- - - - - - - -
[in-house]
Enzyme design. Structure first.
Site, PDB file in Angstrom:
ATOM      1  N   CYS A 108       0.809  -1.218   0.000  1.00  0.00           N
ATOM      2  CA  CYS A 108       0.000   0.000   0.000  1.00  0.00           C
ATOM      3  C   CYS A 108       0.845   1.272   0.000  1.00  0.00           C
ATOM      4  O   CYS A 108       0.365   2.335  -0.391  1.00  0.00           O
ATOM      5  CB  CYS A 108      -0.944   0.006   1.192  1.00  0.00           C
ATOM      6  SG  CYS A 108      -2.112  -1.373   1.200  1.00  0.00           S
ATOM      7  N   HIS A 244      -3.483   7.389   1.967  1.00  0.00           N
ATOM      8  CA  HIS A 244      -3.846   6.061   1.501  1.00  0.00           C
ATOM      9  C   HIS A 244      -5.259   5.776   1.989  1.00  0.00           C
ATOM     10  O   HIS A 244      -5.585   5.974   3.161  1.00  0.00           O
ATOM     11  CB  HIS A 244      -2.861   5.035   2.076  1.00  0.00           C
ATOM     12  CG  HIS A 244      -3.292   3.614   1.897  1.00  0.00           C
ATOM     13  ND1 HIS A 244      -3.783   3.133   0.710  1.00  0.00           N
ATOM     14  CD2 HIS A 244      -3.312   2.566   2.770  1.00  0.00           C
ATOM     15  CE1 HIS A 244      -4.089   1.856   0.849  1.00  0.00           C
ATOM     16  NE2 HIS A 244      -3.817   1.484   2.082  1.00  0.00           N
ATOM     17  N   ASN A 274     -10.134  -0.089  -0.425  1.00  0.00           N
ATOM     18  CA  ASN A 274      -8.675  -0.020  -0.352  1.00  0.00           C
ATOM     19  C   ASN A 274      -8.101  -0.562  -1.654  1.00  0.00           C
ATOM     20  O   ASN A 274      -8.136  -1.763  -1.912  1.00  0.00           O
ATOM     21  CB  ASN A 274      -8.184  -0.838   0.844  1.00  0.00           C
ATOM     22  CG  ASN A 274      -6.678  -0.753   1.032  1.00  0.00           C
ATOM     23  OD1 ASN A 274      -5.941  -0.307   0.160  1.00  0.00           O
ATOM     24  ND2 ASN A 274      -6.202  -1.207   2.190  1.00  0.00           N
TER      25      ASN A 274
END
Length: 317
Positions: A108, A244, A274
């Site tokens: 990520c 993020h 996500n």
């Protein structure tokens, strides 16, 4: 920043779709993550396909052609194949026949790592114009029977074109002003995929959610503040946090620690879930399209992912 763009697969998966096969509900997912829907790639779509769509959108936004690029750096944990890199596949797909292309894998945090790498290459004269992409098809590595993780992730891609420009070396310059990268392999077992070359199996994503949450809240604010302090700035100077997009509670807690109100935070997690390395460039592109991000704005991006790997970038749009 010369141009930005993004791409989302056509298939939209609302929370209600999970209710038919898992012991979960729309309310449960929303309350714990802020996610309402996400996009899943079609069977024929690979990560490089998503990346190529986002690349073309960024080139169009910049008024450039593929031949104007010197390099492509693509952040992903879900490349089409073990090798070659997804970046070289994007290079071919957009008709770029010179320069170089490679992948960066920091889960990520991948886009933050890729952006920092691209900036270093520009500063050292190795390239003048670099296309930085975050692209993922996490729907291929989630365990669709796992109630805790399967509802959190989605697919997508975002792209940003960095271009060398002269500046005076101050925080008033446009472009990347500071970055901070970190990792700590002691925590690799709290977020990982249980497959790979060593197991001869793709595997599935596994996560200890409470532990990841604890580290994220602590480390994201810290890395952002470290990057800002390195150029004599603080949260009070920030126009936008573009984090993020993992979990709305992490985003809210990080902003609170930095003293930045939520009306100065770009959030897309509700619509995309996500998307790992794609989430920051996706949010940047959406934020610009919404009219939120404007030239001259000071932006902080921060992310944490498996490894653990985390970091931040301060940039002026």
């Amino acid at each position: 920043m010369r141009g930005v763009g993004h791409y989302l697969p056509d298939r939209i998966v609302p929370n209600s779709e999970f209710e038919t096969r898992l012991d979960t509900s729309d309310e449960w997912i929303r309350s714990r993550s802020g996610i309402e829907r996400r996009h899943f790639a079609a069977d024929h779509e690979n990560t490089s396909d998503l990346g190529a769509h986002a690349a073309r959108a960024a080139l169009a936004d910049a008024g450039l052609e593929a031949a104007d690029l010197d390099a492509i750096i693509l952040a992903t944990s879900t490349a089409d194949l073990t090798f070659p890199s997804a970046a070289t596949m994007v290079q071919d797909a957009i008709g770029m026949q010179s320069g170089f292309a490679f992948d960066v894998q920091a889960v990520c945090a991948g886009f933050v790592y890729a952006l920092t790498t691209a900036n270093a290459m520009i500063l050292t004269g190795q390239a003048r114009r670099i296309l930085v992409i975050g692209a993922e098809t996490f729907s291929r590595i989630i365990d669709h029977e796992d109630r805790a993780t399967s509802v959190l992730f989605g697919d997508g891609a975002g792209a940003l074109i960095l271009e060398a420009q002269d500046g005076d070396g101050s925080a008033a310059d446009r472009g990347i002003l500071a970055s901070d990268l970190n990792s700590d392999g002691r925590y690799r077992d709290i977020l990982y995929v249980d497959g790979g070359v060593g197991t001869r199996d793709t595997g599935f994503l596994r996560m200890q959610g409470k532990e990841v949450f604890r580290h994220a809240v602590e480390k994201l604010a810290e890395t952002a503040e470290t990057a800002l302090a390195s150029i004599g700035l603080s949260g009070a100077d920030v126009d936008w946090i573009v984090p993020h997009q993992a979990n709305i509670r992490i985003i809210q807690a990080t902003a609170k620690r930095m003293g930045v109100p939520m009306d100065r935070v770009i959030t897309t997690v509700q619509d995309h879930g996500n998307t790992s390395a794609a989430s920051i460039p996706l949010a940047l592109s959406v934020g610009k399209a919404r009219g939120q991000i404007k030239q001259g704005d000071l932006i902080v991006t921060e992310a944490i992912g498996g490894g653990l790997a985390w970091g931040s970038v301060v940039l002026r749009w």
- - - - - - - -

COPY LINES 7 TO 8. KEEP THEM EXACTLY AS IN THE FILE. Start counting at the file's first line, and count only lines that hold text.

ATOM      4  O   CYS A 108       0.365   2.335  -0.391  1.00  0.00           O
ATOM      5  CB  CYS A 108      -0.944   0.006   1.192  1.00  0.00           C